Sleep: An Important Factor in Stress-Health Models

Stress and Health (Impact Factor: 1.81). 08/2010; 26(3):204-214. DOI: 10.1002/smi.1304


A growing body of literature supports the notion that psychological stress negatively impacts physical health. In parallel to this programme of stress/health investigations, researchers are demonstrating the deleterious health effects of poor sleep. The current study simultaneously examines the association of both stress and sleep with health. Two hundred and eighteen subjects completed an anonymous survey packet that included stress, sleep and health measures. Psychological stress (as assessed by both life-events and by self-perceived stress), daytime sleepiness and poor sleep quality, but not sleep quantity, were all negatively associated with health. A regression model that integrated both stress measures was a statistically significant predictor of health. Adding the sleep measures to the stress-health model accounted for a statistically significantly greater proportion of the variance in health scores, with the stress + sleep model accounting for 39–56 per cent of the variance in health scores depending on the health measure used. These results suggest that studies of stress and health may benefit from the inclusion of sleep measures and that, from a practical standpoint, poor sleep might be best understood not simply as a sequela of psychological stress but rather as a factor that should be actively addressed as part of the treatment programme. Copyright

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    • "Bader et al. (2011) found that exposure to a stressful video led to poorer sleep, particularly if it activated memories of stressful life events. Regarding health, Benham (2010) found that sleep variables increased the prediction of physical symptoms by 17–26% over and above the influence of stress. The workplace was another commonly researched context here (Barber, Grawitch, & Munz, 2012; Barber & Munz, 2011; Pereira & Elfering, 2014; Pereira et al., 2013). "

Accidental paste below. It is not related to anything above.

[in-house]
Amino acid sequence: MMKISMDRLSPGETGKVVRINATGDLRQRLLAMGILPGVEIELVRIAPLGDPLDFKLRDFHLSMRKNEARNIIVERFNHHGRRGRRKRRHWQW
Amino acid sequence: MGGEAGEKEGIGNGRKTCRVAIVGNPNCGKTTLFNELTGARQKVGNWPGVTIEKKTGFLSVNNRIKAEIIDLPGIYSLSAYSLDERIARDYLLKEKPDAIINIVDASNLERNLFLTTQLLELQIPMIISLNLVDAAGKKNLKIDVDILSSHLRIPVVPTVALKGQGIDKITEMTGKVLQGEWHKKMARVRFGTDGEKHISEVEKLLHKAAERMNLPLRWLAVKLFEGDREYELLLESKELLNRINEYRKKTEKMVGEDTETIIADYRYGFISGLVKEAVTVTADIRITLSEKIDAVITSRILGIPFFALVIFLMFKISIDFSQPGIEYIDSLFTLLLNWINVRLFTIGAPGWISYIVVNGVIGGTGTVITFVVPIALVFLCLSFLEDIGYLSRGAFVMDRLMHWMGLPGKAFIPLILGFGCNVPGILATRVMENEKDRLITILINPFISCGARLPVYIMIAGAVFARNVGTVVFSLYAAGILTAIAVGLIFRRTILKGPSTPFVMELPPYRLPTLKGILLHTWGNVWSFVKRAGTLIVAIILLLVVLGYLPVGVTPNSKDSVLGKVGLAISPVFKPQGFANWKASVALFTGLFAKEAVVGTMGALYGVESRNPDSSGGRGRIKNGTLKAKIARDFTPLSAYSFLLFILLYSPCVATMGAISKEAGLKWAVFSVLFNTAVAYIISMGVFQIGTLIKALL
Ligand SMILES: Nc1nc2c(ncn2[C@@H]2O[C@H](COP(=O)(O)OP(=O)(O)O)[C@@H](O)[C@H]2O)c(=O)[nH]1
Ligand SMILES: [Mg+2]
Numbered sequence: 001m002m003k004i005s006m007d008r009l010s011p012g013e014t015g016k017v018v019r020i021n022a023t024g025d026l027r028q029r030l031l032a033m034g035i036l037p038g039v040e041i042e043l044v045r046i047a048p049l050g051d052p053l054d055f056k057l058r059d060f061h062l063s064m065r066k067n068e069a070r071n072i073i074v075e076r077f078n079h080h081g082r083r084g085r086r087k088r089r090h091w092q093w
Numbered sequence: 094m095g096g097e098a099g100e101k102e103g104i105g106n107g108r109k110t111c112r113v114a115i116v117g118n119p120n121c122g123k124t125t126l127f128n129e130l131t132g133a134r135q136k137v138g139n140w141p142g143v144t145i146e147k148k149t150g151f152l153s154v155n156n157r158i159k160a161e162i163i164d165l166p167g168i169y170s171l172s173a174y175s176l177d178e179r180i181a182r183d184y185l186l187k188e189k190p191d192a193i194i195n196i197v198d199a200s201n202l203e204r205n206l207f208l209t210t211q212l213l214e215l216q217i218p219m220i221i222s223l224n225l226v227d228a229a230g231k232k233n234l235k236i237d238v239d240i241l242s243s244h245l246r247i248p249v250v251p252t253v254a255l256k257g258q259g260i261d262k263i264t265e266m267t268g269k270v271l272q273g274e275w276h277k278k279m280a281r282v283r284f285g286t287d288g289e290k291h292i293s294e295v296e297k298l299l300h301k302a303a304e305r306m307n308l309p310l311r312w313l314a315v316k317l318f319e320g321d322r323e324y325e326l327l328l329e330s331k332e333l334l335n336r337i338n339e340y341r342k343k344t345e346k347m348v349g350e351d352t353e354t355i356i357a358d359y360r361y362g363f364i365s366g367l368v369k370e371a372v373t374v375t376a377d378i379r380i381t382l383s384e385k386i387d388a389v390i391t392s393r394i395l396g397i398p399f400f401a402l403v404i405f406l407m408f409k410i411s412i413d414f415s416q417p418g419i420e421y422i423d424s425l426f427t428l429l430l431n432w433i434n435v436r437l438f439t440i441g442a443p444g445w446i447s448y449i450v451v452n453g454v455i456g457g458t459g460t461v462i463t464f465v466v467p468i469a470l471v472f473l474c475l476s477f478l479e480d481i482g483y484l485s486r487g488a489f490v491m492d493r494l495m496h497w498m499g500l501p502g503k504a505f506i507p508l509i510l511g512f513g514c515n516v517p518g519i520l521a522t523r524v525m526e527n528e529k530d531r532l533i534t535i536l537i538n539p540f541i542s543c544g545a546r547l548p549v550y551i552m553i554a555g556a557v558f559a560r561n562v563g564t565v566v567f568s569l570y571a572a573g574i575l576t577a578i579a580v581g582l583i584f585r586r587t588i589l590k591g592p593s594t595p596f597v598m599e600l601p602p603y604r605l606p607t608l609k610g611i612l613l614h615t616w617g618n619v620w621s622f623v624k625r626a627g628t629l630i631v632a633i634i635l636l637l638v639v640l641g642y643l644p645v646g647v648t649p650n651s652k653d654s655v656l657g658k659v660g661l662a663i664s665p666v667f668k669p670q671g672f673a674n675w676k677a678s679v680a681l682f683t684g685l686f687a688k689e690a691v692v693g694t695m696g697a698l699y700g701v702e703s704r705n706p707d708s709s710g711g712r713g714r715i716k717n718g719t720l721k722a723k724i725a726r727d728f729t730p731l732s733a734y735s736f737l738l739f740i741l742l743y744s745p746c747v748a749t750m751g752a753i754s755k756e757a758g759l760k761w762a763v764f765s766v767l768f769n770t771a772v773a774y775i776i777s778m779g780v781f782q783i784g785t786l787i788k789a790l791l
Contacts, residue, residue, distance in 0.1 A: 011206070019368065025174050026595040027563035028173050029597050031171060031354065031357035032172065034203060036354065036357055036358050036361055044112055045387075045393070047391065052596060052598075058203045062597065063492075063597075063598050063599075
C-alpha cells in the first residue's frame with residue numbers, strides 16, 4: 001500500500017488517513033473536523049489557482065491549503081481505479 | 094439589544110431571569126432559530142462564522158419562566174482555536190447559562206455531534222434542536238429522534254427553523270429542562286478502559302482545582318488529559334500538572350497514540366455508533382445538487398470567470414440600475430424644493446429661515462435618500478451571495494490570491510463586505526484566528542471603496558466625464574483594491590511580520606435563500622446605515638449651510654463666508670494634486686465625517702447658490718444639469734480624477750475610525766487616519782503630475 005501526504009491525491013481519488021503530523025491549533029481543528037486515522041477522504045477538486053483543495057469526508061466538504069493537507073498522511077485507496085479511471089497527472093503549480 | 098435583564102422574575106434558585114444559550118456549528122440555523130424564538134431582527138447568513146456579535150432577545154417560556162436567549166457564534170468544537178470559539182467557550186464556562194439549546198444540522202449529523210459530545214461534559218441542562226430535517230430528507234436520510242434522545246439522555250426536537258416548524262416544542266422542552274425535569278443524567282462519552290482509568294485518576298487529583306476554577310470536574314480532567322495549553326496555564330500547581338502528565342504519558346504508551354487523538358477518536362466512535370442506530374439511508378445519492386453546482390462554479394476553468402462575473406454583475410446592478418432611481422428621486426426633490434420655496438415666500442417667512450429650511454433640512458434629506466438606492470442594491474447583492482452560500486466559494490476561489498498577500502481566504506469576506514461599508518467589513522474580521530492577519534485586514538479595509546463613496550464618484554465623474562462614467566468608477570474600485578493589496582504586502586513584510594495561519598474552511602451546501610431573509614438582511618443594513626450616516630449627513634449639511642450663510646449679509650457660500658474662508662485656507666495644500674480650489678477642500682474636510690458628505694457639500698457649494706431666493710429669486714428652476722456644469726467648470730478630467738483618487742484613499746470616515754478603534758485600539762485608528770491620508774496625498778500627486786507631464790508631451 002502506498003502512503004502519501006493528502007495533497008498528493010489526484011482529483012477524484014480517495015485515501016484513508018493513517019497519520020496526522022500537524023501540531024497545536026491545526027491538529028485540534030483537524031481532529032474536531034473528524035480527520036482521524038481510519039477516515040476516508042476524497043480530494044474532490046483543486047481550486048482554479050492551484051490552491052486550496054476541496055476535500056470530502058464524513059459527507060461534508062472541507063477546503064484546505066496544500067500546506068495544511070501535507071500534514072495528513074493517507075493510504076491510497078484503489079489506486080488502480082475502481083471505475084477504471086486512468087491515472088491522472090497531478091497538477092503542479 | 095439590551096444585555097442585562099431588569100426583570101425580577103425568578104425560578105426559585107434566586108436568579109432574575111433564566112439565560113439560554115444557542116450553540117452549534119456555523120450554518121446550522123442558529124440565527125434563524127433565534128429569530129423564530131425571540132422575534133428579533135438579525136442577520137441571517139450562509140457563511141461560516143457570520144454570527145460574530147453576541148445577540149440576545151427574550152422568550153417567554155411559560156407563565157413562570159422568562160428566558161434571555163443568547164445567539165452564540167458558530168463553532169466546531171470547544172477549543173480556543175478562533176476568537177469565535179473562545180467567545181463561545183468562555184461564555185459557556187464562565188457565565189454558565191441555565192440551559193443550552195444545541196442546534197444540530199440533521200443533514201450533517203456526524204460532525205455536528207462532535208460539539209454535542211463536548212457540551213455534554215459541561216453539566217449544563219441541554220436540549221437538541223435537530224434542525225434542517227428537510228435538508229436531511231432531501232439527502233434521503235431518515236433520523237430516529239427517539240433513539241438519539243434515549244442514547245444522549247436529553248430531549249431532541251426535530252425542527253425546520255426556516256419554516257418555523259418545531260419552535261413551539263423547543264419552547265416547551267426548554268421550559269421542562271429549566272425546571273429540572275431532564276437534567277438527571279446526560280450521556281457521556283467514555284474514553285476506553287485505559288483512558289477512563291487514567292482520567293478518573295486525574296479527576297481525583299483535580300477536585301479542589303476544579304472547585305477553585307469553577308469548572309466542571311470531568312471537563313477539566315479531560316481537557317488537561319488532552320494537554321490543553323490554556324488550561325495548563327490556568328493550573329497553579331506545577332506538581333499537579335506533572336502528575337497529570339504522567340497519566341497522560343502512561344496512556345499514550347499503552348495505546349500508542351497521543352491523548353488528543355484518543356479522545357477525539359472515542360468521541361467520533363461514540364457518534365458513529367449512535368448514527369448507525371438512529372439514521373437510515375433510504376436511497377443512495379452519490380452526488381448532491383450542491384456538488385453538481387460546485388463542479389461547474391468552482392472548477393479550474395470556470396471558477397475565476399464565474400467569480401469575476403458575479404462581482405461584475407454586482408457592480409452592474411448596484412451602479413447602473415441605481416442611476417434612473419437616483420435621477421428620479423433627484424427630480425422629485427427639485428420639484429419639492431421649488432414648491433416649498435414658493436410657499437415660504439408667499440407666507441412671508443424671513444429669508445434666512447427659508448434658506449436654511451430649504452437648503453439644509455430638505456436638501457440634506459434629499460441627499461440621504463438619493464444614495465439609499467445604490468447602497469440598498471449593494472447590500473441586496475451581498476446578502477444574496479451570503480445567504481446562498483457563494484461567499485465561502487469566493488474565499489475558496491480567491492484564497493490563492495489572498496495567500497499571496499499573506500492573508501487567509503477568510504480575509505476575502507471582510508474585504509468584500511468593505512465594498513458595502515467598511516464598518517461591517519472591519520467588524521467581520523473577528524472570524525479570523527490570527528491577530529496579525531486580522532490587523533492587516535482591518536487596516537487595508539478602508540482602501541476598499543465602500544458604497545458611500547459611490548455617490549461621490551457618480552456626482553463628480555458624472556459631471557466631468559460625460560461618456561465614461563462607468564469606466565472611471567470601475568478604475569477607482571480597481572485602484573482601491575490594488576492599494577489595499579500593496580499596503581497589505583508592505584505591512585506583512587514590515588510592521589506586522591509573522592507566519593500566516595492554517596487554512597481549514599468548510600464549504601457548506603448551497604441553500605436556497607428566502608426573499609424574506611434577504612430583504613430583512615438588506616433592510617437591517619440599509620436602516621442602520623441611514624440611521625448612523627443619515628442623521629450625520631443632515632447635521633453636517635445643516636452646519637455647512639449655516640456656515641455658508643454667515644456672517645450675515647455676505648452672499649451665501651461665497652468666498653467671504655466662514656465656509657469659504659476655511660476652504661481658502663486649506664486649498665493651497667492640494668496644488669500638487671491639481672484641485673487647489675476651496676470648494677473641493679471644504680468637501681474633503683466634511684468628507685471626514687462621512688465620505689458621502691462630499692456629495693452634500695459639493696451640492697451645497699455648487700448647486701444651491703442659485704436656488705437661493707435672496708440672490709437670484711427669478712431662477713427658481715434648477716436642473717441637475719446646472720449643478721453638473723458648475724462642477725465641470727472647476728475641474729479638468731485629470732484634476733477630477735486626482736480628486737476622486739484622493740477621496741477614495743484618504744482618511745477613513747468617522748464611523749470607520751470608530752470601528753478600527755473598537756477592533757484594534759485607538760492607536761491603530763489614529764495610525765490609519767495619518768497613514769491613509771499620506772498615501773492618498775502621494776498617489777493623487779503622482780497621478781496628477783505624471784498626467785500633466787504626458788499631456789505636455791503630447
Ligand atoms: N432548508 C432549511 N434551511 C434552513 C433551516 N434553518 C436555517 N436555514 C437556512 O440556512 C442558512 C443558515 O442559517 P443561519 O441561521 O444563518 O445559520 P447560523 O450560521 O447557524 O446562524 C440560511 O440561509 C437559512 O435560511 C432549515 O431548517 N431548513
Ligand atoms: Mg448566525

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    ABSTRACT: Keywords:sleep;stress;health
    Stress and Health 12/2014; 30(5). DOI:10.1002/smi.2605 · 1.81 Impact Factor
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    • "Alternatively, work engagement provides motivation for workers to allocate their resources to the work domain because they find such resource expenditures to be psychologically rewarding and fulfilling (Kahn, 1990, 1992). Following COR theory, good sleep hygiene practices may serve as a way to replenish and build emotional, mental and physical resources (Barber et al., 2010a; Benham, 2010; Hagger, 2010) that are used to effectively respond to work demands. As mentioned previously, research has shown that poor sleep hygiene may decrease resource replenishment, as it predicts subsequently higher emotional reactivity (Hamilton et al., 2007; Zohar et al., 2005), burnout (Ekstedt et al., 2009) and poorer self-regulatory functioning (Barber & Munz, 2011; Bates et al., 2002). "